Some people may see a brick in this photo. I see many years of dedication, hope, dreams, love and determination. I often wonder what part did this brick play in the history of 3304 Metropolitan Street in the Desire Community. How many baptisms, confirmations, graduations, weddings and funerals have crossed its path? Was it near the cornerstone that held the beginning history of the church? Maybe it was a foundation brick that held up many other bricks, just like the many founding members of the parish. Which member of the parish actually prepared this brick to be layed? If its location was the rear of the structure, it saw many years of children growing, playing and learning together because it would have been in close proximity to St. Philip the Apostle Catholic School. This structure’s faith was met far before the demolition and death of the parish church.
St. Philip the Apostle’s Church
Originally, St. Philip the Apostle’s Church was not on the manifest to be demolished. I was telephoned by my eldest son whom was visiting the neighborhood to photograph it for history. Although we were New Orleans East residents, 3033 Metropolitan was a 2nd home to he and his brother. Every Sunday they could be found with other young members of the parish, worshipping God or performing altar server duties. When he informed me that the church was being bulldozed as he spoke, I could hear the sorrow and disbelief in his voice. I immediately hung up the phone and called the Archdiocese’s main office. I was told that I had to be mistaken. St. Philip the Apostle had not been placed on the list for demolition. I was then put on a brief hold. When the office worker returned, she offered her condolences. The beautiful stained glass, the church’s cornerstone, and I’m certain items that were left inside the church, had all met its death that unfaithful day.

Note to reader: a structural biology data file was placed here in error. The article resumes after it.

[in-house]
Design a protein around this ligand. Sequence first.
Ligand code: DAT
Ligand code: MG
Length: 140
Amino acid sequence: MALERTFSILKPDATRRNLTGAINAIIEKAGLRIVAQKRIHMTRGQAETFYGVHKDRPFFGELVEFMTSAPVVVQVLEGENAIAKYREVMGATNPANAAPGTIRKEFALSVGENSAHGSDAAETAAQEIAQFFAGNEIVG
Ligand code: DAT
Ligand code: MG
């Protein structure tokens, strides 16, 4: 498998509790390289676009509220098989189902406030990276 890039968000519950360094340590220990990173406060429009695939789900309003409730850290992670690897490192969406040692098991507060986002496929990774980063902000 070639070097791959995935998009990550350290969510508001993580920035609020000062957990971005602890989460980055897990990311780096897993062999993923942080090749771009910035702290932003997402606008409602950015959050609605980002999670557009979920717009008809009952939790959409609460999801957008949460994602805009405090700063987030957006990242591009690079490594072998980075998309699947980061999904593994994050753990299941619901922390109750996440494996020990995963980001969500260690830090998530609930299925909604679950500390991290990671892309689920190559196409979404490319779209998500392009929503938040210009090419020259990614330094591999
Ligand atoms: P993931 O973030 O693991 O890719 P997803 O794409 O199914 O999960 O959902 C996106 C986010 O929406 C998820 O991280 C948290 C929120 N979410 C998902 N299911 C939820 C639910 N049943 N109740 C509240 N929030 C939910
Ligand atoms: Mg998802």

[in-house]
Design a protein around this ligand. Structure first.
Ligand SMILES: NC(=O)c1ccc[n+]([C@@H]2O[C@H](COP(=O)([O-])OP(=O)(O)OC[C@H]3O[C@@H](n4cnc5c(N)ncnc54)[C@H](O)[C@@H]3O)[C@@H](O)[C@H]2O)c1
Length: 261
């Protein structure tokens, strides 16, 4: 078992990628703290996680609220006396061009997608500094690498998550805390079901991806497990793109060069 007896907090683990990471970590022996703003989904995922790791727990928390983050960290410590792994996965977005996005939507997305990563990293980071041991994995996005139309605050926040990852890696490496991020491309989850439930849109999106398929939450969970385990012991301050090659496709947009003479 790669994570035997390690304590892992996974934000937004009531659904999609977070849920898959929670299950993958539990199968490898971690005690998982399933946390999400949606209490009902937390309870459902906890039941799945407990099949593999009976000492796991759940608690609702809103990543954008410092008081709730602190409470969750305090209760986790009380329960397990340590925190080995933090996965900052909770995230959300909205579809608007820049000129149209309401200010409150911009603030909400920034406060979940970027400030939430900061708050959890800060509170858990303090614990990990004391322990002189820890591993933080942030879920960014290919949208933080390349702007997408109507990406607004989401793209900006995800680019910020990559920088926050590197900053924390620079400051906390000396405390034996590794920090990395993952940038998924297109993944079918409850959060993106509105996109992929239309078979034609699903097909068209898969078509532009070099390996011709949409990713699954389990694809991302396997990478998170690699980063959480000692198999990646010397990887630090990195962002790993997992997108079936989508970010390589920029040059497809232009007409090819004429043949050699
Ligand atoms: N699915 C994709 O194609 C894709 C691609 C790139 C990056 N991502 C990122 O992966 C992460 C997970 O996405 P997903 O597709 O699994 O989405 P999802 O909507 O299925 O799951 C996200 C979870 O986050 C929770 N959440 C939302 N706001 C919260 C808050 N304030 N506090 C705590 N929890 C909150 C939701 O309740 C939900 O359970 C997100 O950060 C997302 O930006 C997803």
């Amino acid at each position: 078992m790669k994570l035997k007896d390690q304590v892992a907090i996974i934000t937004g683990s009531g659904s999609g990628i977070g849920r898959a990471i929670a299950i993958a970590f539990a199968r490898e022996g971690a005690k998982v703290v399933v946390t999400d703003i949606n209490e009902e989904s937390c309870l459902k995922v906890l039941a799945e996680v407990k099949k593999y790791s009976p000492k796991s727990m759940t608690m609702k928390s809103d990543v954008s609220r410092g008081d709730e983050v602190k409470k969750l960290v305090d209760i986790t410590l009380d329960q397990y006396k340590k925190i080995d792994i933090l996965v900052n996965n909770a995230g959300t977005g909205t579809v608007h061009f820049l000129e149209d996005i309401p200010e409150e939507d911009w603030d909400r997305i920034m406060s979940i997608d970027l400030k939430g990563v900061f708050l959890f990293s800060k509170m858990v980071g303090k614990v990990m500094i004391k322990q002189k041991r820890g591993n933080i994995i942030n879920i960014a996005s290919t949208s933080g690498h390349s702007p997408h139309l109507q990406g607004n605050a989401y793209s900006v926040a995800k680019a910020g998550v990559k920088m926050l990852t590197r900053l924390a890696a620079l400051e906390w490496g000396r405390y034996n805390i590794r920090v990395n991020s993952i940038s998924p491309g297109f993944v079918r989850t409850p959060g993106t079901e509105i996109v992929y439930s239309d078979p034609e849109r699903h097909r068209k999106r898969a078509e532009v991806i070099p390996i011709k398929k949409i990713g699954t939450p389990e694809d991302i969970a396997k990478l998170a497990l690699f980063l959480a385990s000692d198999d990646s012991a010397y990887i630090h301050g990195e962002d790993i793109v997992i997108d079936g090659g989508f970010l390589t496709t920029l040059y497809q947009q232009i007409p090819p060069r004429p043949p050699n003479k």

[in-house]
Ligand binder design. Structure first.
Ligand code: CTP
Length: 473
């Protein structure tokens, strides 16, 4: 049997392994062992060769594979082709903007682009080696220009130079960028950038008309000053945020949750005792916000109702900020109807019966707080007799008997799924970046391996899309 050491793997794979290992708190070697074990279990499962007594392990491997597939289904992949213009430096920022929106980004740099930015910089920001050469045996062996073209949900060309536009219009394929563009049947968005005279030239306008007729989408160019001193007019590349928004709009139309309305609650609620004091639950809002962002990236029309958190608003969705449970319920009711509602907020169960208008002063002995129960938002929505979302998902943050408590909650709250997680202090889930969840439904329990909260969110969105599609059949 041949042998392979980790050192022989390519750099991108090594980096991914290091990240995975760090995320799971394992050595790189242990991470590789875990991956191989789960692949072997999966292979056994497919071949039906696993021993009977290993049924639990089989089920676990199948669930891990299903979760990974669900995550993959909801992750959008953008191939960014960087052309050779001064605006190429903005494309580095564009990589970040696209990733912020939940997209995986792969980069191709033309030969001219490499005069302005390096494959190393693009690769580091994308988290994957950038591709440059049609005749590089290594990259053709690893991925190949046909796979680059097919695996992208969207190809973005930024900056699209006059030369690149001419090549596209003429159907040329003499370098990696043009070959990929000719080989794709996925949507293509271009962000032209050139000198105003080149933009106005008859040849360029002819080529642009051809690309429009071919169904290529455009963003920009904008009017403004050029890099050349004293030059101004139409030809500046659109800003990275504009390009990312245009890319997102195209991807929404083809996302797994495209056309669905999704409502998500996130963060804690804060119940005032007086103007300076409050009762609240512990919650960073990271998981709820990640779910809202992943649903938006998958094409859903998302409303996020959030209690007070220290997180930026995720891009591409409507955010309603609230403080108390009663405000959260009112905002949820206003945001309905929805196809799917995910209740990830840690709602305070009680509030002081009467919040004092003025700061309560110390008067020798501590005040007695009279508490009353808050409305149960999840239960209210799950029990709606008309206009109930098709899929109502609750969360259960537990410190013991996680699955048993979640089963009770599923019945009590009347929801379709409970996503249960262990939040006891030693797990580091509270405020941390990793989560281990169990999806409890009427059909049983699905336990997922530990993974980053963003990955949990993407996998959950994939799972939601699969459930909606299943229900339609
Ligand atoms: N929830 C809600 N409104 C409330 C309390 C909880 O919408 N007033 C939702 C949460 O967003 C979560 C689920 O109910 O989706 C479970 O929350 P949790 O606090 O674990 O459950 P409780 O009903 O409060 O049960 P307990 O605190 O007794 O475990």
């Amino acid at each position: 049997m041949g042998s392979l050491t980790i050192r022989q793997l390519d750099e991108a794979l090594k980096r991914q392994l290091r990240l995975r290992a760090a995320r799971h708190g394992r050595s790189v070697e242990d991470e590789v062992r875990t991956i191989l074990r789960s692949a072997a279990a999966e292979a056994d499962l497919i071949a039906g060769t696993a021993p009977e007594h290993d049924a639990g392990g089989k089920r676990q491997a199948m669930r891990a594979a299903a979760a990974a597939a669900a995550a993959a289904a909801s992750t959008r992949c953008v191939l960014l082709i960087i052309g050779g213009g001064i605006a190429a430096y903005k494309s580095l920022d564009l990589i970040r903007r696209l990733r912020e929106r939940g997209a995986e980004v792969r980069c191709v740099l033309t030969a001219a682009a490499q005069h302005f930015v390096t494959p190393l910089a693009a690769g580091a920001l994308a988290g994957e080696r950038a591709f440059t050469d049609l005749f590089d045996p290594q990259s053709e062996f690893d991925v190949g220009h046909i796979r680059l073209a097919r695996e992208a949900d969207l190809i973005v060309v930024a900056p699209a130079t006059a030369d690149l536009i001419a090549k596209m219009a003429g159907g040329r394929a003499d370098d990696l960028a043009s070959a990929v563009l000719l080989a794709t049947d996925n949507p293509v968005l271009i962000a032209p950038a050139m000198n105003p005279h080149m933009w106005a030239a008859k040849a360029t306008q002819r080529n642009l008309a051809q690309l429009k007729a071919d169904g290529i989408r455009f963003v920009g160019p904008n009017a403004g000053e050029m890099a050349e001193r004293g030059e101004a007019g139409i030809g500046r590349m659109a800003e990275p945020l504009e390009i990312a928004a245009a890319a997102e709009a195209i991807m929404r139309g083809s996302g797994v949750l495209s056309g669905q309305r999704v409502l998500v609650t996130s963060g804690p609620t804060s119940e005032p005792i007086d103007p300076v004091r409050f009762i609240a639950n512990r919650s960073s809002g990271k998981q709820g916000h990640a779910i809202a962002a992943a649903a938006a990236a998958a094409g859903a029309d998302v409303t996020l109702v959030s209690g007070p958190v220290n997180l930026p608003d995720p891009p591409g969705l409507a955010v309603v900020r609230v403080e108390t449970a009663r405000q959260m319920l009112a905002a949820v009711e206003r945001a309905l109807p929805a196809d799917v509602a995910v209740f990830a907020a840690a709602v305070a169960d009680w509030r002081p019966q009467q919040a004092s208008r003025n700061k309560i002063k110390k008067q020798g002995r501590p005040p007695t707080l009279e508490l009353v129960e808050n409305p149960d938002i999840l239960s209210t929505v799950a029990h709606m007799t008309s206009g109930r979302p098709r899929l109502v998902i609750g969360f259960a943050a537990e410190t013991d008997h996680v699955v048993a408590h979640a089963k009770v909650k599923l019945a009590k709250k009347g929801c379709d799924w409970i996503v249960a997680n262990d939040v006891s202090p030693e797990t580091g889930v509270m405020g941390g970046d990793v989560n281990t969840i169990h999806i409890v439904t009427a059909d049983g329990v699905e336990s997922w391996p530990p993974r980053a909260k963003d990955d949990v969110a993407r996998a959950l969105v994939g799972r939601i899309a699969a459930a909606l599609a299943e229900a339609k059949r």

Upon relaying the information to my husband, he rushed over and confiscated several bricks for me and other members of our family. Although this object holds many memories for my family and I, I’ve learned over the years that the love and strength did not live in the brick and mortar of the church, but in the memories and hearts of all, both parishioners and non-parishoners, that were blessed to have crossed its threshold.